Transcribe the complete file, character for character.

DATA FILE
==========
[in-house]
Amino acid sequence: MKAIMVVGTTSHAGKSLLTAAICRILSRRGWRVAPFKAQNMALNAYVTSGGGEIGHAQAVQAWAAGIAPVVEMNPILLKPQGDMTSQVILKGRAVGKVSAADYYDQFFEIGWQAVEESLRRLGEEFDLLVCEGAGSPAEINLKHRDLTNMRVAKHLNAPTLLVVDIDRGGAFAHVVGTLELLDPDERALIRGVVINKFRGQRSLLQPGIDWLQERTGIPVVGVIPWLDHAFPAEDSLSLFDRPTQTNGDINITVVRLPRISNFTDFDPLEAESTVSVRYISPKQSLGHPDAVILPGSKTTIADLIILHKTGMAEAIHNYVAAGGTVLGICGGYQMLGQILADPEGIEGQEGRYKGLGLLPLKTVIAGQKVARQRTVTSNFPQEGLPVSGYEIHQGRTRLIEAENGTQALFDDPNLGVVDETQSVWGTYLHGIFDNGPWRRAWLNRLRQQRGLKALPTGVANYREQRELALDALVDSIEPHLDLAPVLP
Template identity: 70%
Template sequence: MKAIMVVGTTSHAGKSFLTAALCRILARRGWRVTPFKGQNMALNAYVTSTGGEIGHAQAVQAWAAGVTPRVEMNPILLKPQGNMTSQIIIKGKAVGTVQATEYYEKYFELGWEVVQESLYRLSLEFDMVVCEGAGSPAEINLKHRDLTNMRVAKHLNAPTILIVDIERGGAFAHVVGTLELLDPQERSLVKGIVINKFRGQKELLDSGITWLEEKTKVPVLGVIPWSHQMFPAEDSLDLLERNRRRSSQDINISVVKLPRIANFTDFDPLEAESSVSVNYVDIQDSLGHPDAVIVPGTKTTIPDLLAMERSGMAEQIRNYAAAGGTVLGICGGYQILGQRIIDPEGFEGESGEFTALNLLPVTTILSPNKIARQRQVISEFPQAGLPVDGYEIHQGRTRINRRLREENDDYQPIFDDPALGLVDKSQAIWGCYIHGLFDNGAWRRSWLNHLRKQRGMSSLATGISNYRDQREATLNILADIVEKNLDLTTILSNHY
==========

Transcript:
[in-house]
Amino acid sequence: MKAIMVVGTTSHAGKSLLTAAICRILSRRGWRVAPFKAQNMALNAYVTSGGGEIGHAQAVQAWAAGIAPVVEMNPILLKPQGDMTSQVILKGRAVGKVSAADYYDQFFEIGWQAVEESLRRLGEEFDLLVCEGAGSPAEINLKHRDLTNMRVAKHLNAPTLLVVDIDRGGAFAHVVGTLELLDPDERALIRGVVINKFRGQRSLLQPGIDWLQERTGIPVVGVIPWLDHAFPAEDSLSLFDRPTQTNGDINITVVRLPRISNFTDFDPLEAESTVSVRYISPKQSLGHPDAVILPGSKTTIADLIILHKTGMAEAIHNYVAAGGTVLGICGGYQMLGQILADPEGIEGQEGRYKGLGLLPLKTVIAGQKVARQRTVTSNFPQEGLPVSGYEIHQGRTRLIEAENGTQALFDDPNLGVVDETQSVWGTYLHGIFDNGPWRRAWLNRLRQQRGLKALPTGVANYREQRELALDALVDSIEPHLDLAPVLP
Template identity: 70%
Template sequence: MKAIMVVGTTSHAGKSFLTAALCRILARRGWRVTPFKGQNMALNAYVTSTGGEIGHAQAVQAWAAGVTPRVEMNPILLKPQGNMTSQIIIKGKAVGTVQATEYYEKYFELGWEVVQESLYRLSLEFDMVVCEGAGSPAEINLKHRDLTNMRVAKHLNAPTILIVDIERGGAFAHVVGTLELLDPQERSLVKGIVINKFRGQKELLDSGITWLEEKTKVPVLGVIPWSHQMFPAEDSLDLLERNRRRSSQDINISVVKLPRIANFTDFDPLEAESSVSVNYVDIQDSLGHPDAVIVPGTKTTIPDLLAMERSGMAEQIRNYAAAGGTVLGICGGYQILGQRIIDPEGFEGESGEFTALNLLPVTTILSPNKIARQRQVISEFPQAGLPVDGYEIHQGRTRINRRLREENDDYQPIFDDPALGLVDKSQAIWGCYIHGLFDNGAWRRSWLNHLRKQRGMSSLATGISNYRDQREATLNILADIVEKNLDLTTILSNHY